other side, the second group equations were derived depending on intermediate to major
earthquakes with magnitude range between 3.5 to 7.0 on Mw.
The calculated pseudo spectra values for the 18 cities performed in this study have been
classified into two groups depending on the maximum earthquake that destruct the cities. The
first one include the cities that effected with maximum earthquake with magnitude equal 7.5 in
Mw scale are listed in (Table 5), while the second group includes those cities effected with
maximum magnitude 6.5 in Mw scale are listed in Table (6). For group one (Table 5) the
maximum values range between 673 to 113 cm/sec2, were the dominant period was the 0.4 sec
for the cities with epicentral distance less than 60 km. For the far city namely Al-Ruweished
city the dominant period increases to 0.5 sec. The exceptions for this result were for Zarqa and
Al-Azraq cities this explained depending on the Vs value assigned for both cities since the both
cities lay on hard limestone of Upper Cretaceous. Therefore, the dominant period equal 0.3 sec
for these both cities. For Al-Ruweished city that is 187 km faraway from the maximum nearest
earthquakes, the dominant period was 0.5 sec with response spectra 113 cm /sec2 only.
For the second group of the cities that effected with maximum magnitude of 6.5 on Mw (Table
6). The maximum response spectra values were ranged between 680 to 118 cm/sec2. The
dominant period was 0.2sec for the all cities listed in the table but for Aqaba city the resulted
value was 0.3 sec. This can be explained depending on both the epicentral distance, that is 78
km from the maximum earthquake, and the Vs value determined for the city that is equal 280
m/sec, since the city located on soft unconsolidated sediments.

By comparison the resulted values for the two groups listed in Tables (5) and (6). It’s clear that
for Table (5) the epicentral distances were ranged between 17.4 to 187 km, the maximum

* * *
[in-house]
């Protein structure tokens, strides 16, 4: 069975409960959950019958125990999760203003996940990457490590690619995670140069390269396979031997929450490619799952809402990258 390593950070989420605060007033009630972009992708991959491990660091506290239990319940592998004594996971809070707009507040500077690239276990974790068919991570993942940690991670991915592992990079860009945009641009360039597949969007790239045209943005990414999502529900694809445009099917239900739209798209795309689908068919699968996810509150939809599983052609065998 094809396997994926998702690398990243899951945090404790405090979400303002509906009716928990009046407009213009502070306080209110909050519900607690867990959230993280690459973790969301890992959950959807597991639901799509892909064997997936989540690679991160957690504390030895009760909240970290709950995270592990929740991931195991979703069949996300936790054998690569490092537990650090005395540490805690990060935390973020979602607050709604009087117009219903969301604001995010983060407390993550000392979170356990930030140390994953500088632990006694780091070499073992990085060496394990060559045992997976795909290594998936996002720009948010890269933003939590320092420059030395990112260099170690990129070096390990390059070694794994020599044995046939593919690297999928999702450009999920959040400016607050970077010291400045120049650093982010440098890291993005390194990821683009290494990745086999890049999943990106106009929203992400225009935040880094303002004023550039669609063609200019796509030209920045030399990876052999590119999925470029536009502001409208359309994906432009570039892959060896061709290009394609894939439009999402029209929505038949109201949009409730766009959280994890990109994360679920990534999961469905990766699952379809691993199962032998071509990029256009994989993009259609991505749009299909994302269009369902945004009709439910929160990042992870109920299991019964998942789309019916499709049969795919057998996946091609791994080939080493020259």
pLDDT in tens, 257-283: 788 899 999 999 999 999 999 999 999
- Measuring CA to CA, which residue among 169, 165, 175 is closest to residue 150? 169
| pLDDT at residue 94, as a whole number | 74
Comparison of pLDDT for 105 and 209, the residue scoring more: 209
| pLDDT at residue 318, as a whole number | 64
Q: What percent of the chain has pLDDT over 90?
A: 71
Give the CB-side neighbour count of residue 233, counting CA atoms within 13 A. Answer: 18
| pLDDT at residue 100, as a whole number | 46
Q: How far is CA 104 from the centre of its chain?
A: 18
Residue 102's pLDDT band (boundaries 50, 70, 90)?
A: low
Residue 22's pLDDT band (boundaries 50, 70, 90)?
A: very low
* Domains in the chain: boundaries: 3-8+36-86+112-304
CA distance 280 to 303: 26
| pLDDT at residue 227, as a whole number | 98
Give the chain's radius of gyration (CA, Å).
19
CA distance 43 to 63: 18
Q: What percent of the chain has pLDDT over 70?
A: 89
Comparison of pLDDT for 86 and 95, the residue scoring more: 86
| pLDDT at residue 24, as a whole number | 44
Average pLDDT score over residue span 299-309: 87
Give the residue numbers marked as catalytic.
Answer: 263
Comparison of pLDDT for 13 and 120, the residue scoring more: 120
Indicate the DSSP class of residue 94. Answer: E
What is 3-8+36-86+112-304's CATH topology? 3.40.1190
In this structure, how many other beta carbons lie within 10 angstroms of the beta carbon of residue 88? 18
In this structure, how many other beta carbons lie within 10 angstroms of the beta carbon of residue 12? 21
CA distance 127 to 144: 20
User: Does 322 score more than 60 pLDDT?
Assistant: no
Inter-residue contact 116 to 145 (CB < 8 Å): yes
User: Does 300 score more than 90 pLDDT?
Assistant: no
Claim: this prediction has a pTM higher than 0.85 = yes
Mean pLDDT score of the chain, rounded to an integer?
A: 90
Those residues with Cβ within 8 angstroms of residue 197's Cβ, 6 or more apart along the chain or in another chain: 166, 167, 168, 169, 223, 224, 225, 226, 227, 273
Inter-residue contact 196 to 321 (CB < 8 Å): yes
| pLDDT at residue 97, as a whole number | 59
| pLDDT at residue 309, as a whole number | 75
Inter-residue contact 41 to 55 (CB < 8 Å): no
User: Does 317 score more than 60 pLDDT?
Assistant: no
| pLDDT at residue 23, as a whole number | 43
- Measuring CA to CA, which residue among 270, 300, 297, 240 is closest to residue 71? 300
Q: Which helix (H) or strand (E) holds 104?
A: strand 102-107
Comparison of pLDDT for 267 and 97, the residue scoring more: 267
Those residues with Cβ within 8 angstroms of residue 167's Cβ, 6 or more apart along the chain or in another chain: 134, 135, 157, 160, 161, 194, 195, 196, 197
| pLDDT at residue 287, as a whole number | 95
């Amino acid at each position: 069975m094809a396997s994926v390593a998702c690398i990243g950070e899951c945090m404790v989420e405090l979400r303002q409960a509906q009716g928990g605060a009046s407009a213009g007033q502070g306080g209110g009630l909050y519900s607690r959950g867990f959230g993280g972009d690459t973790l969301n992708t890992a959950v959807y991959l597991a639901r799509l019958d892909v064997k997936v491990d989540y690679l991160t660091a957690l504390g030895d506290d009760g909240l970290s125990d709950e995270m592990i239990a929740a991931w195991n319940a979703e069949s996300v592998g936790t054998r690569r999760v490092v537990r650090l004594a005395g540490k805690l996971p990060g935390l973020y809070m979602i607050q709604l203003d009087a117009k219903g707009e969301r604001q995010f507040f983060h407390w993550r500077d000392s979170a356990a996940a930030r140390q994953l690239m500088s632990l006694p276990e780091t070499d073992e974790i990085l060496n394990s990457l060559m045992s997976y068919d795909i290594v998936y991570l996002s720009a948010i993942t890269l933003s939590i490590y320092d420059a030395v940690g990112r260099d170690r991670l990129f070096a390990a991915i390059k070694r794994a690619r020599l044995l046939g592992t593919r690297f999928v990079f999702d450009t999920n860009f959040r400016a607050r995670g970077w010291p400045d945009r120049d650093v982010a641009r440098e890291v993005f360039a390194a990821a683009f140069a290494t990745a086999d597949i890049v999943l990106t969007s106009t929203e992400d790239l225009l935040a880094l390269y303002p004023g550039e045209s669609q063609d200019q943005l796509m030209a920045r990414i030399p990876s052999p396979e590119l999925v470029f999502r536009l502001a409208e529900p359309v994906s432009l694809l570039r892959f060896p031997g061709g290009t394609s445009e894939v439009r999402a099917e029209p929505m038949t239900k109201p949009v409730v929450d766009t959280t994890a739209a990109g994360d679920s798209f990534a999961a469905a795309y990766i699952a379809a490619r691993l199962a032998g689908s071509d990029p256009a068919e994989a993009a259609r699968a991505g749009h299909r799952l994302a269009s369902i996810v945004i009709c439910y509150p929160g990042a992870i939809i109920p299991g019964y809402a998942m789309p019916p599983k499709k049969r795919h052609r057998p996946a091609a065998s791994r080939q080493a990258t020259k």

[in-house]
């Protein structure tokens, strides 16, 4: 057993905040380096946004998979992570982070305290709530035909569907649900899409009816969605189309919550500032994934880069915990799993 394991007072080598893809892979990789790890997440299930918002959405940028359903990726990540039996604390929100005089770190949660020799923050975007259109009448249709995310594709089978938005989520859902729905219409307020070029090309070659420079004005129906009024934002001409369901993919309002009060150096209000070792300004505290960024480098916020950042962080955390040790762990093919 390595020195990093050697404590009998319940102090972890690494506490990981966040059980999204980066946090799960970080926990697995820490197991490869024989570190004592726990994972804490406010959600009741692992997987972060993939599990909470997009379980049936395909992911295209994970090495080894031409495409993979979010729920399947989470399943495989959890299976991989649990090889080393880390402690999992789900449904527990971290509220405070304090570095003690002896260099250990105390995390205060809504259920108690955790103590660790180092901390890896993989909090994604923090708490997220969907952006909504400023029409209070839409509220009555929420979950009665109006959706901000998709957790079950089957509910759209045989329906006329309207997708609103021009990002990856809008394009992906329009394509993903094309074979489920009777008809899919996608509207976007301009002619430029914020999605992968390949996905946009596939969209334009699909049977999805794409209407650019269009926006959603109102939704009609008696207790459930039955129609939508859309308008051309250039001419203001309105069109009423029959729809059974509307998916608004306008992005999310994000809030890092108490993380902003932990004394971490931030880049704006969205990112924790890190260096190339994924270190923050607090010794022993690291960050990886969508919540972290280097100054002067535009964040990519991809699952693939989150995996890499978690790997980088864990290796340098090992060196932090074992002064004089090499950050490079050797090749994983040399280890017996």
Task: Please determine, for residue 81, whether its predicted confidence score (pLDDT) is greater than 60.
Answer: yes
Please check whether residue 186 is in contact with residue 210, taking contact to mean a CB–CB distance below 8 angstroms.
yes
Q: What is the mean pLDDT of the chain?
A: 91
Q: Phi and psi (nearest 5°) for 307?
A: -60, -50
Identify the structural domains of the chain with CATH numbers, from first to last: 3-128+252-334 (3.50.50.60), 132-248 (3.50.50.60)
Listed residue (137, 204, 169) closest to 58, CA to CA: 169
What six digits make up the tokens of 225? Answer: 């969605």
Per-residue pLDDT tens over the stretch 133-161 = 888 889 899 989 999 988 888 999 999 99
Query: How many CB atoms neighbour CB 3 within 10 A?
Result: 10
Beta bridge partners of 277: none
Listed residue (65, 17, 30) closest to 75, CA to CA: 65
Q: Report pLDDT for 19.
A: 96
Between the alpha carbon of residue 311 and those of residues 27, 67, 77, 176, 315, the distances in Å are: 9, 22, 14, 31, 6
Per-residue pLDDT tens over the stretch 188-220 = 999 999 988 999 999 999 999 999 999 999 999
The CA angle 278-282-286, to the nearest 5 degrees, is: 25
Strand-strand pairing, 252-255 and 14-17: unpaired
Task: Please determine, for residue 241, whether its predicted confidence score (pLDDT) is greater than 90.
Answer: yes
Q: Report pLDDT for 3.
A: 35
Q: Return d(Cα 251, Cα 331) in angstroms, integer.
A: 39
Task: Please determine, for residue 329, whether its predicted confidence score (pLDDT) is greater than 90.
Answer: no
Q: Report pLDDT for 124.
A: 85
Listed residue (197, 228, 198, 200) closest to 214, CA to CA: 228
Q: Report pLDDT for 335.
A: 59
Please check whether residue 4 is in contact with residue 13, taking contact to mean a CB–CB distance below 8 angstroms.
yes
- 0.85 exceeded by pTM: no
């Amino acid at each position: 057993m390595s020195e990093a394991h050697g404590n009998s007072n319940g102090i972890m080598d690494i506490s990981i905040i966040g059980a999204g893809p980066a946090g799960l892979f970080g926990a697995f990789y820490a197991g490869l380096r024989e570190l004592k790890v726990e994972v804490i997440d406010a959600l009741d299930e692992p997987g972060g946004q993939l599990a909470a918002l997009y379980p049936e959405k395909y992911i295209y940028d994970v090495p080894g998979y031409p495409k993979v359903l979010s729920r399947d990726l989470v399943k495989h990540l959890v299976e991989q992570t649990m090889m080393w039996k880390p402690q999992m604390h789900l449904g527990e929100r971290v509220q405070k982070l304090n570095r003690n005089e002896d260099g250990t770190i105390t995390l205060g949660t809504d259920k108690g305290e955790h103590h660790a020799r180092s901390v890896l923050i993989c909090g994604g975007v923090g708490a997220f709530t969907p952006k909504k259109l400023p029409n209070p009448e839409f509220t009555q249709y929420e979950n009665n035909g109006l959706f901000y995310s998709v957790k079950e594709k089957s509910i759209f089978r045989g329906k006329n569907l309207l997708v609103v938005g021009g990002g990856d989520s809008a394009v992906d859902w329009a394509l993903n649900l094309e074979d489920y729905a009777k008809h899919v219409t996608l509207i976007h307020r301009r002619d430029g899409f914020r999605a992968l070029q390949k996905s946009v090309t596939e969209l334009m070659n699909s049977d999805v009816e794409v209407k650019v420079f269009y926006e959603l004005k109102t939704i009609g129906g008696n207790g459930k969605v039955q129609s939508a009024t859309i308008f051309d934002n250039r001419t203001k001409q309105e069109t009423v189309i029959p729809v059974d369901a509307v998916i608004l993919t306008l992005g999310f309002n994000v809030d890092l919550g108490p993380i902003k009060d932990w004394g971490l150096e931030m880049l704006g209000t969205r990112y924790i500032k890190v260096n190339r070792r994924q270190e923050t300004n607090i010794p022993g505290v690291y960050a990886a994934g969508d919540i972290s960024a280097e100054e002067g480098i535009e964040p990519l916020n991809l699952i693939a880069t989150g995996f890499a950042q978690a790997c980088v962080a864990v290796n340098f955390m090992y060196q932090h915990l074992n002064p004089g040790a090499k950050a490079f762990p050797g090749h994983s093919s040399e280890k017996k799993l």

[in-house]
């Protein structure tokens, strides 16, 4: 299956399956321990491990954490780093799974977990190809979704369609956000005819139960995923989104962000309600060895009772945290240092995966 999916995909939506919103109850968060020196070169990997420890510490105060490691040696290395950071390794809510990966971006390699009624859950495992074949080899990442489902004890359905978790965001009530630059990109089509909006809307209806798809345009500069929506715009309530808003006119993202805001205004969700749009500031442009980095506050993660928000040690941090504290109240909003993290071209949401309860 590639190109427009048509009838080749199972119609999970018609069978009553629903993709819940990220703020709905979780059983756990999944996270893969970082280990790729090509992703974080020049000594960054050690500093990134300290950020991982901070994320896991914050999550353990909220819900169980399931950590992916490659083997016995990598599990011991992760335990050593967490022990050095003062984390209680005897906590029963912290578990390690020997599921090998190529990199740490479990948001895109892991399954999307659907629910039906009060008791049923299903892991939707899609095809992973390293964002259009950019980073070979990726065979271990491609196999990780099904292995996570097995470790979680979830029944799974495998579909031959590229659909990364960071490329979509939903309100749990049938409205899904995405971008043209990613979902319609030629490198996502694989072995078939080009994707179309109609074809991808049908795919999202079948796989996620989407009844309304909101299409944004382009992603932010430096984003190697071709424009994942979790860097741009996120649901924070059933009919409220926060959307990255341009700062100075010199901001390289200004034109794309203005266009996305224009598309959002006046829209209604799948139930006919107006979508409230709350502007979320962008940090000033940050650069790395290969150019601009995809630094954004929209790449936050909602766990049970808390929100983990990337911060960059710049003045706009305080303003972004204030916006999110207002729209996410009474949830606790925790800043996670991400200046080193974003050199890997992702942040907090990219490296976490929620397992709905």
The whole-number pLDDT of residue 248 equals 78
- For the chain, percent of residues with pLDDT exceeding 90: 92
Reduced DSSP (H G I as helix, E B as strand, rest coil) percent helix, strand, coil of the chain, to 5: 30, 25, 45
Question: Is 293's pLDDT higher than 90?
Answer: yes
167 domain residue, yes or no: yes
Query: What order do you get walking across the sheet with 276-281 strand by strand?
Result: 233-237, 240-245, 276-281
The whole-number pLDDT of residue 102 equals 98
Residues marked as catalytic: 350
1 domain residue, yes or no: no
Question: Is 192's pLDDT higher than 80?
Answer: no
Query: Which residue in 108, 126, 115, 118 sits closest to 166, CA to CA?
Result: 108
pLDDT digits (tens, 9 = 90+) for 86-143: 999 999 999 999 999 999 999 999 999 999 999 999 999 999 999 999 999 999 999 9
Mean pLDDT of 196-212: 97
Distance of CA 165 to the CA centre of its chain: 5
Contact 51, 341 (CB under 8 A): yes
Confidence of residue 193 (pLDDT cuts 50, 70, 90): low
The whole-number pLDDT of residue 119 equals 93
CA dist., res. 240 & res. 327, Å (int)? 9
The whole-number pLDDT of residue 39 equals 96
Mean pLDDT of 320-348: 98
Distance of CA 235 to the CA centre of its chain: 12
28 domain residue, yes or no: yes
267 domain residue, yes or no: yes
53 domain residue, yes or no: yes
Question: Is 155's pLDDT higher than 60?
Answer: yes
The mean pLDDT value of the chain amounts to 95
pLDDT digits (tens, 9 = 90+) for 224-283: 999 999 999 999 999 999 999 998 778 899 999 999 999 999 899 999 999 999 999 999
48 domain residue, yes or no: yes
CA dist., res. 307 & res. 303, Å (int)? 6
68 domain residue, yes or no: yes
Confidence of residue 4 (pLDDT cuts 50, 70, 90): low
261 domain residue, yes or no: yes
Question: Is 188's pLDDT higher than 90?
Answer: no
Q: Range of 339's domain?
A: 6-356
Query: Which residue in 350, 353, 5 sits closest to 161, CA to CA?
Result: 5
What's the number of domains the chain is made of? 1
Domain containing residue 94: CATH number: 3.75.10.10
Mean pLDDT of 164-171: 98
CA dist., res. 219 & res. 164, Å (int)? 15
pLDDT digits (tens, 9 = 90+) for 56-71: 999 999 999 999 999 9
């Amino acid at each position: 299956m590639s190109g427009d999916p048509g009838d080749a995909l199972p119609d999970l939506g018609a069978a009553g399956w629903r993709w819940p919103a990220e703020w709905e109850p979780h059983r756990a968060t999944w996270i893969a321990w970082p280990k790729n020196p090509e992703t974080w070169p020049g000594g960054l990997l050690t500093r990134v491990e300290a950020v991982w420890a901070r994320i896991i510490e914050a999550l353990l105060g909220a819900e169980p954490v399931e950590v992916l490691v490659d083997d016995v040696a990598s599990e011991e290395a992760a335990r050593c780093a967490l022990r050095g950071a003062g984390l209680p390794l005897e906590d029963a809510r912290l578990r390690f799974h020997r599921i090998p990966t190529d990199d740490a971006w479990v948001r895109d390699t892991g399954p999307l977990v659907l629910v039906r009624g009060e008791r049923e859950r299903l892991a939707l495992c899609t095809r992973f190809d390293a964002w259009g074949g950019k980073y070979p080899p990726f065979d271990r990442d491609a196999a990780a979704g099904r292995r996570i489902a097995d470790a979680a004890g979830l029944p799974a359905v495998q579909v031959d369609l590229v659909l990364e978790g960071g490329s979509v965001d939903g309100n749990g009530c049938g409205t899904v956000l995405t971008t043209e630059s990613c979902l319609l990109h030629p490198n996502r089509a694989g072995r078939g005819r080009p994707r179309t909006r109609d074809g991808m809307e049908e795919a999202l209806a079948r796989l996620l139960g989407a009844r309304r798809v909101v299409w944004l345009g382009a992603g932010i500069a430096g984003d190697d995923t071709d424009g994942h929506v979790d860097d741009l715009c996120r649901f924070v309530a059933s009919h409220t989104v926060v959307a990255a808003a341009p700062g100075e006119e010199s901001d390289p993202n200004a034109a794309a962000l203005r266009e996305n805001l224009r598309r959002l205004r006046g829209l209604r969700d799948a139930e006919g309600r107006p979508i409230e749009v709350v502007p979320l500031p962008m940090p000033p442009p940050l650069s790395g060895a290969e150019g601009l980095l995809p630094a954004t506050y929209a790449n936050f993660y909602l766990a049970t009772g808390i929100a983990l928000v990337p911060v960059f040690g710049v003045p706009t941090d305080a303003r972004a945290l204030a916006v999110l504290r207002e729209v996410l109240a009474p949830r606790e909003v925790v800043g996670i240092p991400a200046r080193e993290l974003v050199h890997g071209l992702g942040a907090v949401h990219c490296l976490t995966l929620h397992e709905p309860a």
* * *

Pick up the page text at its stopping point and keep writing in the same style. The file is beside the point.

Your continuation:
resulted response spectra values ranged between 673 to 113 cm/sec2 and different Vs values
were used for the cities listed in Table (5). For the second group (Table 6), the epicentral
distances ranged between 8.7 to 78 km, and the maximum spectral values were ranged between
680 to 118 cm/sec2 and the dominant periods ranged between 0.2 to 0.3 sec. This may lead to
the fact that the maximum response values decreases as the distances increase for Al-Ruweished
and Aqaba see Tables (5 and 6). On the other hand, the periods decrease by decreasing
earthquake magnitude as for Safi and Deir Allaa were they effected by maximum magnitude 6.5
and 7.5 while the dominant period were 0.2 and 0.4 sec, respectively.

The determined shear wave velocity Vs for each city is effected directly on the resulted spectral
values as for Deir Allaa and S. Shuna. Both cities have the same epicentral distances, 17.4 km,
but the Vs was 280 and 310 m/sec respectively, this lead to spectral values 673 and 641 cm/sec2,
respectively (Table 5).

5. CONCLUSION
The study has lead to the following conclusion:
1. The maximum response values are for the Jordanian cities that located in the Jordan Valley
   and Dead Sea, where the maximum value was for Safi city near the Dead Sea with 680
   cm/sec2 (Table 6), while the minimum area value was 113 cm/sec2 for Al-Ruweished that
   located in the north eastern part of Jordan.
2. The magnitude of the earthquake has great effluence on the dominant period of the
   Jordanian cities. The cities that effected with the maximum magnitude about 7.5 have
   period range between 0.3 to 0.5 sec, while the cities effected by magnitude 6.5 have period
   range between 0.2 to 0.3 sec.
3. The site conditions (represented here by Vs) have great effect on the maximum spectral
   values, especially for the cities located in the Jordan Valley namely Deir Allaa, S. Shuna
   and Aqaba cities.
4. The using of Al-Qaryouti’s attenuation equation (2002) to determine the PGA for
   Jordan give lower response values especially for earthquakes with magnitude less
   than 6.5 on Mw.
6. REFERENCES

1. G. Abdelhamid (1995). “The Geology of Jarash Area, Map sheet (3154-I)”, Natural
    Resources Authority, Amman, Jordan, 51pp.
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3. A. Al-Malabeh (1994). “Geochemistry of Two Selected Volcanic Cones from Harra al
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7. E. Al-Tarazi (1992). “Investigation and Assessment of Seismic Hazard in Jordan and its
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8. F. Bender (1975). “Geology of the Arabian Peninsula”, Jordan, Geol. Surv. Professional
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9. D.M. Boore, W.B. Joyner, T.E. Fumal (1997). “Equations for Estimating Horizontal
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10. Z.H. El-Isa, J. Mechie, C. Prodehl (1987). “Shear Velocity Structure of Jordan from
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11. L. Esteva (1974). “Geology and Probability in the Assessment of Seismic Risk”, Proc. the